On Saturday, November 29, 2008, a little after 4:00 p.m., two police officers stopped defendant for playing loud music in his car. Defendant presented his driver’s license and a medical marijuana identification (ID) card with an expiration date of August 21, 2009, and said there was marijuana in the car. A search revealed $21 in cash, a WD-40 can with a hidden compartment containing marijuana residue, and a total of over two ounces of marijuana: 17.2 grams in a single bag in defendant’s pocket, three grams in each of 10 bags in the driver’s door, and 6.5 grams in each of three bags on the backseat. Defendant did not exhibit signs of being under the influence of marijuana and possessed nothing that would be used for ingesting marijuana, such as pipes or rolling papers. His belt buckle read, “CA$H ONLY.” Based on these circumstances, an information charged defendant with unlawful transportation of marijuana in violation of section 11360, subdivision (a), and unlawful possession of marijuana for purposes of sale in violation of section 11359.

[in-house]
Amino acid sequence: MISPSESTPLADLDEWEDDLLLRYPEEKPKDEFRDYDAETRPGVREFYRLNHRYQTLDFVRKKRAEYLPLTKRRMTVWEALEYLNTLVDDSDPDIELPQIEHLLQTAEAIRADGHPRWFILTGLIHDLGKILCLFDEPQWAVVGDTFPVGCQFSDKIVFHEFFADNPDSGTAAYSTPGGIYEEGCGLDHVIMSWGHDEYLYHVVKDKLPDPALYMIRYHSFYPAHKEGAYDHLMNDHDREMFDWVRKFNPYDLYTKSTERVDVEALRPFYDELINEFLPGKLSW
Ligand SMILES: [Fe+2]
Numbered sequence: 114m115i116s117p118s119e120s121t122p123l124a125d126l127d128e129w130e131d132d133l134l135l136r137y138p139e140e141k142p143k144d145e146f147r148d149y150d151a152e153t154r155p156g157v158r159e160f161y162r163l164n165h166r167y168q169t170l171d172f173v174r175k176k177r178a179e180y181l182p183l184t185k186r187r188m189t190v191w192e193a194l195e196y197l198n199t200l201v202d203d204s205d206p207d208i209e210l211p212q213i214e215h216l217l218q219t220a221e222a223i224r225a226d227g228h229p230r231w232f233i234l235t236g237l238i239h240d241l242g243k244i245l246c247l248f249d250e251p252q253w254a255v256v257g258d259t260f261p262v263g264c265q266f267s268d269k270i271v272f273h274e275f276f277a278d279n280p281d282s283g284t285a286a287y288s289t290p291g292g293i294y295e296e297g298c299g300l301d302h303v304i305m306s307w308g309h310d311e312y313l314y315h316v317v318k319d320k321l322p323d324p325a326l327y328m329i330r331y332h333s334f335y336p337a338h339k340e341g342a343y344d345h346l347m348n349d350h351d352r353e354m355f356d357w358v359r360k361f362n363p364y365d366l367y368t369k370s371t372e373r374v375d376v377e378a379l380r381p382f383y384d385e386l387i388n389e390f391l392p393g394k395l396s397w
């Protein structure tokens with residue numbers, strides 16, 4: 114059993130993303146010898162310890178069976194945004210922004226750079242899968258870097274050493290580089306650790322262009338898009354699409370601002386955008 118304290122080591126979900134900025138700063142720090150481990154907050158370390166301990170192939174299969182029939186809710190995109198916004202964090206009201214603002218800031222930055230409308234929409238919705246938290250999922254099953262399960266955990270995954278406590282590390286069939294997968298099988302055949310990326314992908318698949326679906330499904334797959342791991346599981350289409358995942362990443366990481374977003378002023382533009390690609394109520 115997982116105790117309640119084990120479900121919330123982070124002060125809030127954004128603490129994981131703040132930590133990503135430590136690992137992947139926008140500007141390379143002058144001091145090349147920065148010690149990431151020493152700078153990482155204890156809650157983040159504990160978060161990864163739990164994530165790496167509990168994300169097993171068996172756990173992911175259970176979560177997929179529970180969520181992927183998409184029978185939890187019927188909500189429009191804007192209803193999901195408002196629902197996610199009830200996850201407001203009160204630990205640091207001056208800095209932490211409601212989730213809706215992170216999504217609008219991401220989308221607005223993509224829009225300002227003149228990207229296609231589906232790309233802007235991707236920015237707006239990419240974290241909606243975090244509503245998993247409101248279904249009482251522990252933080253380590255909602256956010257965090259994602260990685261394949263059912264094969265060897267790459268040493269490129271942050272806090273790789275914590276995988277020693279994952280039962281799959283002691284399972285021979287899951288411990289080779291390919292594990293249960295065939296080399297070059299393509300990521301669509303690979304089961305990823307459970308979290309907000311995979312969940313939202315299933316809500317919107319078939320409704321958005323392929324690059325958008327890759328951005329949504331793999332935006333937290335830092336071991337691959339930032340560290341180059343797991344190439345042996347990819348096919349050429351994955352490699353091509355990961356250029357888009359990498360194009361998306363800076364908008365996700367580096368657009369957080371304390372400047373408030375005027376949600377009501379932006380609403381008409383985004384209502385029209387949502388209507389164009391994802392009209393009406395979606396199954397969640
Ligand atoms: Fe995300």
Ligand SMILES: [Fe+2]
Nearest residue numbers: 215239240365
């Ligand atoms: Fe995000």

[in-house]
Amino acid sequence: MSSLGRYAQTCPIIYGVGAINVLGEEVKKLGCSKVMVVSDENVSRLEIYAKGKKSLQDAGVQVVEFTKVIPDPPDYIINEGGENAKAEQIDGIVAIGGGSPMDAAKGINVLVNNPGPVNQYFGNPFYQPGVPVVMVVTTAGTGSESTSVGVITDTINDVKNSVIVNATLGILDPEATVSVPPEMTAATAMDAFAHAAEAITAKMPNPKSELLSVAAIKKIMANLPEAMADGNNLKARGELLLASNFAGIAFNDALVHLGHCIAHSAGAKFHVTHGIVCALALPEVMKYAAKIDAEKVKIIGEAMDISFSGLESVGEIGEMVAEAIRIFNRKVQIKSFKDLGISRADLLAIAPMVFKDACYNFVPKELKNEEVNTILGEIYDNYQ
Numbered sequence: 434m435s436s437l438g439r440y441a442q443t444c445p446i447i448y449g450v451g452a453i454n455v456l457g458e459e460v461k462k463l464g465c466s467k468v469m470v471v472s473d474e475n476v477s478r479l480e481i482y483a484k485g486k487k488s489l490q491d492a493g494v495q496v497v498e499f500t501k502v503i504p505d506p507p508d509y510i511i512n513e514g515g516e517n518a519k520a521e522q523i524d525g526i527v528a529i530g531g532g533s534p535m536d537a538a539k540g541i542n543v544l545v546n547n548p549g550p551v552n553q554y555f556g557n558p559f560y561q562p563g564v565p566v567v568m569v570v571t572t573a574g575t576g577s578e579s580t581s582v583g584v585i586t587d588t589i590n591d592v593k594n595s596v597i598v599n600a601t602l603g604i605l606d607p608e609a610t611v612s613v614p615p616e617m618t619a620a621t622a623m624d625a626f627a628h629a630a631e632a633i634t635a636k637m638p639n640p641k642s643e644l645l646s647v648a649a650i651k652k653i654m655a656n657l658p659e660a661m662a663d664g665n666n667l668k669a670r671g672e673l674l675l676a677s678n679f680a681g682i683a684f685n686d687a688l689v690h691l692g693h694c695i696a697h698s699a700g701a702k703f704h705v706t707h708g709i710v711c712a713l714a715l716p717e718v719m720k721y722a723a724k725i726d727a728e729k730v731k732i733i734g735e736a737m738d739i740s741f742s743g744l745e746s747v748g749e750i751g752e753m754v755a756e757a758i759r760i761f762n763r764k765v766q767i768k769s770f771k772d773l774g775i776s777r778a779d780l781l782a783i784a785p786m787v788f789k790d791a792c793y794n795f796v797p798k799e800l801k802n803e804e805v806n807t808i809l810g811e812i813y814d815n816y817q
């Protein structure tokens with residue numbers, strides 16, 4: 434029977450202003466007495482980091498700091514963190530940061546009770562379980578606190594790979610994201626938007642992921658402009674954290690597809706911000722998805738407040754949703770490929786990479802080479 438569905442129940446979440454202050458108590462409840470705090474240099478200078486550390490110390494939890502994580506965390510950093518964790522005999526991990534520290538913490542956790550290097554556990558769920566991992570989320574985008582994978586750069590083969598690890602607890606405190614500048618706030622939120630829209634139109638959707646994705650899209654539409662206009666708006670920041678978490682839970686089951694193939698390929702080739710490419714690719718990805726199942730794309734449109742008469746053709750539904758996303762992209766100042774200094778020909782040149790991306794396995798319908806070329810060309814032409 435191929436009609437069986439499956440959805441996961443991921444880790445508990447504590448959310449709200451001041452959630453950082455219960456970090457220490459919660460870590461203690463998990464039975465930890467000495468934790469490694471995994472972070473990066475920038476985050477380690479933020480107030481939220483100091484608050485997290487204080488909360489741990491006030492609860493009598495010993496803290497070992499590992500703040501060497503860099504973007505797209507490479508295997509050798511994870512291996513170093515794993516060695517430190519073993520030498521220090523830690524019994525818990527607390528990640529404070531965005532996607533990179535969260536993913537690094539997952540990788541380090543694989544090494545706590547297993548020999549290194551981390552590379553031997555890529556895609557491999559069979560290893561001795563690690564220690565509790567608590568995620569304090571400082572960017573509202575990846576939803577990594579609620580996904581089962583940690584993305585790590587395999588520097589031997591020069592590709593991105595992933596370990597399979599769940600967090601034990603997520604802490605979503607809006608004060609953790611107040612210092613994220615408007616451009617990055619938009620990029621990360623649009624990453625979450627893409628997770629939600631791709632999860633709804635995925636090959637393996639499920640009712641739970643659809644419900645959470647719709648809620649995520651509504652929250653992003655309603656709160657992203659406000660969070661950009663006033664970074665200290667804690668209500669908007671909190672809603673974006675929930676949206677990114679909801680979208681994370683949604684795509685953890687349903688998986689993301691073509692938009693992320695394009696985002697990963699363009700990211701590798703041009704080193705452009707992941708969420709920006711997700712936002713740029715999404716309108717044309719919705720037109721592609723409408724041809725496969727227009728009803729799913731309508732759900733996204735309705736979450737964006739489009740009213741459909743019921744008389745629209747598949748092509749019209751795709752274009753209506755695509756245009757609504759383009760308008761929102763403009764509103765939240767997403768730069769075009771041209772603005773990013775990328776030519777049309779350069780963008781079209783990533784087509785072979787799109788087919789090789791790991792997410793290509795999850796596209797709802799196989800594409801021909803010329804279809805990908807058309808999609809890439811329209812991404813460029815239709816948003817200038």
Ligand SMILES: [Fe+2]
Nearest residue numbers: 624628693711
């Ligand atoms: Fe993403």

At trial, Officer Jason Williamson, who was one of the arresting officers, testified that in his expert opinion, defendant possessed the marijuana for sale. He based his opinion on (1) the packaging and location of the marijuana found in the door and on the backseat, (2) defendant’s “CA$H ONLY” belt buckle, viewed in conjunction with the absence of “pay-and-owe” sheets or any written record of sales transactions, and (3) the fact that defendant was on probation for a prior conviction for possession of marijuana for sale. Regarding the first circumstance, the officer explained: “We have 10 bags all almost exactly three grams in the driver’s map compartment of the vehicle. These bags typically sell for about $5.00 a piece. The price could go up to [$]10 if it’s extremely good marijuana. We have three bags which are approximately 6.5 grams each in the backseat, again packaged with the same materials but double the value of the ones in the door. And the ones of equal size were kept in different places that I know through my training and experience to be for quick reference.” Drug dealers “know” the areas where people go to buy drugs, and “they can drive up to that area and give what they call curb service. People walk up to the door of their car.” Regarding the belt buckle, the officer testified that “CA$H ONLY” “[l]et[] people know if they want marijuana they got to come out with the cash, he’s not going to front it to them or take an IOU. It’s also significant in the fact that it shows his mind-set regarding the sales of narcotics and the reason why I did not find a pay-and-owe sheet or a written recordation of sales transactions because he is not giving anyone credit.” Officer Williamson also testified that, given the totality of the circumstances, defendant’s possession of a medical marijuana ID card did not affect his opinion. He also testified that he had been a police officer for nine years, had received training in identifying marijuana possessed for personal use and marijuana possessed for sale, and had received no training in determining the validity of a medical marijuana ID card.